Date of Sighting: 29-Dec-97 02:40 Location of Sighting: Bletchingley, Surrey Brief Description of sighting: One object, no bigger than a star. White and very bright, and brighter than a star. The object was moving South-West.Bletchingley, Surrey, England, UK; December 29, 1997 — UFO Network
On this day in 1936 the instrument of the abdication of King Edward VIII was endorsed by the Westminster parliament in London.
Later on the same day, Edward spoke to the nation and the world via radio, his faltering voice revealing the deep sadness he felt, that could not fulfill his kingly duties and at the same time marry the woman that he loved, the American divorcee Wallis Simpson.
Never formally crowned King, his younger brother, George VI would be coronated the following year. Edward, known as ‘David’ to intimates, would spend the rest of his life in exile with his wife, taking the title ‘Duke of Windsor’. He died in 1972 in Paris.
Copyright Francis 2020
In one of its more significant and, in fact, truly historic moves, the Westminster parliament in London approved the Statute of Westminster on this day, December 11 1931.
Whilst largely forgotten today, this act effectively began the major phase of reducing the power and reach of the British Empire, marking the beginning of the Commonwealth. The dominions of Canada, Newfoundland, Australia, New Zealand, South Africa and Ireland were granted equal status and full autonomy, whilst still adhering allegiance to the Crown of Great Britain.
A lot has changed since then; Newfoundland is now a province of Canada (Newfoundland and Labrador since March 31 1949), for example. The Republic of Ireland is truly independent, whilst within the bounds of the EU.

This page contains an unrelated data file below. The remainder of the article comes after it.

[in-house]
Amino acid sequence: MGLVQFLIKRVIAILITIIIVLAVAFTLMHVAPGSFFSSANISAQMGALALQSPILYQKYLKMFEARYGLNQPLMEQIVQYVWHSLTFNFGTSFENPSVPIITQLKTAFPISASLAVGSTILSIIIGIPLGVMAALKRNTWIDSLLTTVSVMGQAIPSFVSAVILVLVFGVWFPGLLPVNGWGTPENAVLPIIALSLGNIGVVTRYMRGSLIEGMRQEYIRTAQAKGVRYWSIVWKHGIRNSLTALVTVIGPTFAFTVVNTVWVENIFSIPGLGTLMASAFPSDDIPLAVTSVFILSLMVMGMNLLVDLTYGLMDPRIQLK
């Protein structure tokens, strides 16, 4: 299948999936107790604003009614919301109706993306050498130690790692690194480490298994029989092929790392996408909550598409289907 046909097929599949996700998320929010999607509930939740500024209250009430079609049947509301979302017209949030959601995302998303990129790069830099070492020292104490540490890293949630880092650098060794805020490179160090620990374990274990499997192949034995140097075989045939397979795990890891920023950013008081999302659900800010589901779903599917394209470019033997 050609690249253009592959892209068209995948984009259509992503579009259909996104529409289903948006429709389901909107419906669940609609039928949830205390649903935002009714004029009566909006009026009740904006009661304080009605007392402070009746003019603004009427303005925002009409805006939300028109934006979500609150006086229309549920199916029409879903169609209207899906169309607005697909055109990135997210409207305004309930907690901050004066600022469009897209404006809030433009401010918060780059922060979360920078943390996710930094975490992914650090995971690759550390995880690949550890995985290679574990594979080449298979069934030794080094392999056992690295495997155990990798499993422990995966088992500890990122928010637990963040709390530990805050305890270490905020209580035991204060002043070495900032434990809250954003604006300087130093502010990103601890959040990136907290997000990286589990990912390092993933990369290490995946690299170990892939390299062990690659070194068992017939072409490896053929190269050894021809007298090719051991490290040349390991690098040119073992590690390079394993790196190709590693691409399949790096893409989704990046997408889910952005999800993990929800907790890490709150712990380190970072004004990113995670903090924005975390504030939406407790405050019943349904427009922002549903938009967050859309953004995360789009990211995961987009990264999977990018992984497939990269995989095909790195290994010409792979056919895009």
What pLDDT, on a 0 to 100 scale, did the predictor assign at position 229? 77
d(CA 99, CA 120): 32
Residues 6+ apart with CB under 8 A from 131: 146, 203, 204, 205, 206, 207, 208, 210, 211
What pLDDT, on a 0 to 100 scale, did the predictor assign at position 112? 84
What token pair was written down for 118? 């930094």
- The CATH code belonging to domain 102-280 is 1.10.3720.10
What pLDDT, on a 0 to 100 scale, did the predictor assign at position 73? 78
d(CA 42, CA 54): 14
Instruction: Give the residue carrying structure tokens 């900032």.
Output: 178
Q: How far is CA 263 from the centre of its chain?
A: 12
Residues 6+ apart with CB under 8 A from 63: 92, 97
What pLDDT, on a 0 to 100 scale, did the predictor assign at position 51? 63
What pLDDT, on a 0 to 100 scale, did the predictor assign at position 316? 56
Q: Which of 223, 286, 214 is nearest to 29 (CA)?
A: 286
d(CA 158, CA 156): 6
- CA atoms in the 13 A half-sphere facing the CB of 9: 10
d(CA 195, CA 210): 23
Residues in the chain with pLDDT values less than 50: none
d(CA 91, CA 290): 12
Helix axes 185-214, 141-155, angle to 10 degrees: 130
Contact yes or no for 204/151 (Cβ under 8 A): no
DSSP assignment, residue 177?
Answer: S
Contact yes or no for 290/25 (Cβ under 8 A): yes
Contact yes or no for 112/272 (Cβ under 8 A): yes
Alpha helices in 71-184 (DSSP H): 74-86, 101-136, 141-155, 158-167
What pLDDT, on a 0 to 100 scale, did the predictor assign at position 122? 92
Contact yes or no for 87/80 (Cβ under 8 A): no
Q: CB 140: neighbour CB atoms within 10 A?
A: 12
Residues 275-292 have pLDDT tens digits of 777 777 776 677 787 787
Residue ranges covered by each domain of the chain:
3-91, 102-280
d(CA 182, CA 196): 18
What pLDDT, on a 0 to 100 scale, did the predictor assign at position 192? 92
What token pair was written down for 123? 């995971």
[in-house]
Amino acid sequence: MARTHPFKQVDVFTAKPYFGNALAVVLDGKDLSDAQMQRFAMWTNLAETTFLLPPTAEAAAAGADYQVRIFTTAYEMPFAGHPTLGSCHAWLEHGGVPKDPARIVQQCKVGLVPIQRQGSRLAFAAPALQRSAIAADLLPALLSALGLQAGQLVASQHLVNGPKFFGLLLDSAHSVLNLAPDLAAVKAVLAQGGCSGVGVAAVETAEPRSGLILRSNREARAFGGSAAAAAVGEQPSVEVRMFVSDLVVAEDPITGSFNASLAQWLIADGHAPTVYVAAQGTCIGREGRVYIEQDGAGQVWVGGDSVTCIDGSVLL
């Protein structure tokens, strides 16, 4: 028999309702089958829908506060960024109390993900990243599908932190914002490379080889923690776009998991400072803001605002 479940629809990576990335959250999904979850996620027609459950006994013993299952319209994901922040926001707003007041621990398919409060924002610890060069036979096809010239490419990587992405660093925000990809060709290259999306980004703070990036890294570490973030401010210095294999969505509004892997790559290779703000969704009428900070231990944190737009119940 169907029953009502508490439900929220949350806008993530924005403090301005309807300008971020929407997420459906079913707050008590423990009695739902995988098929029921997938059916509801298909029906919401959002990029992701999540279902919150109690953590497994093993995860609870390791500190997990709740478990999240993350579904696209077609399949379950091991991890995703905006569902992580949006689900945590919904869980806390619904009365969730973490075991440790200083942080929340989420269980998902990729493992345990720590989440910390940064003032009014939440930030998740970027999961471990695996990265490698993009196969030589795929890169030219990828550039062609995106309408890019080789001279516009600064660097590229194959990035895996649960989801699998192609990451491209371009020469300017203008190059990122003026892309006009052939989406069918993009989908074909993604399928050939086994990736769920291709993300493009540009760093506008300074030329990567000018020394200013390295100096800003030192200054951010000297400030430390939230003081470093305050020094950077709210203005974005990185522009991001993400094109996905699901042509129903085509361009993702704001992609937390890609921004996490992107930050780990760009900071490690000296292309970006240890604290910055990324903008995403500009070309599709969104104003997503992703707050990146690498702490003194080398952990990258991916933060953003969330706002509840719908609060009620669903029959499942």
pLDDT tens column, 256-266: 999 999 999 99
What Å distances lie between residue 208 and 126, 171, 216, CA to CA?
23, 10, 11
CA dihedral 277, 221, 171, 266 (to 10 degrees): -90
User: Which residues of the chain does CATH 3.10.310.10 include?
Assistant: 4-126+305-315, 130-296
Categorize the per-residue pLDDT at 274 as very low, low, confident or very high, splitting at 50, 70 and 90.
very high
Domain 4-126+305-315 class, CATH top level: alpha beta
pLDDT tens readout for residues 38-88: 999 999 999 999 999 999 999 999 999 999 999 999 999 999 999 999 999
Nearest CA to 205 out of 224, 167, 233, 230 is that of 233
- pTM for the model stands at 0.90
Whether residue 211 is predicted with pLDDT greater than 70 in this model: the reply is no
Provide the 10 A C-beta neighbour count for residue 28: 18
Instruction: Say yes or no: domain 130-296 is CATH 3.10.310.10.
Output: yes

Even the integrity of Great Britain itself has come under threat with strong nationalist movements in Wales and particularly Scotland.
Time will tell if the United Kingdom breaks apart, or re-constitutes itself, once outside the of the EU.
Copyright Francis Barker 2020
Reblog from https://wordpress.com/read/feeds/31020
There’s an old joke about the Moon landing hoax conspiracy. You know: “Sure it was a hoax, but they got Stanley Kubrick to direct and he insisted that they had to be on location.” I thought everybody knew that one. It’s an oldie but a goodie that suitably lampoons the lunatic fringe who imagine the […]
The first serious encounter of the Second Punic War ended in a decisive victory for Hannibal and his Carthaginian army at Trebia in northern Italy in 218 BC. Whilst the Carthaginian losses were relatively few, the Romans sustained massive casualties, quite possibly losing up to three quarters of their 40,000 strong army.
Although Hannibal was to ultimately fail in defeating the Romans in the long term, he came very close to succeeding. The Punic Wars were all about who controlled the Mediterranean and beyond. In the early years the Carthaginians were masters of the region, with settlements in Sicily and Spain, as well as their burgeoning homeland in north Africa.
When Rome began to flex its muscles and seriously rival the Carthaginians during the third century BC, war was inevitable. Hannibal famously took the war to the Romans with an incredible invasion with a massive elephant led army through the Alps and into Italy, an audacious attempt to finish off the Romans once and for all. It nearly came off – but not quite.
Eventually, as the Romans later got the upper hand, they were to literally wipe Carthage off the map in one of the most heinous acts of revenge ever seen.
copyright Francis Barker 2019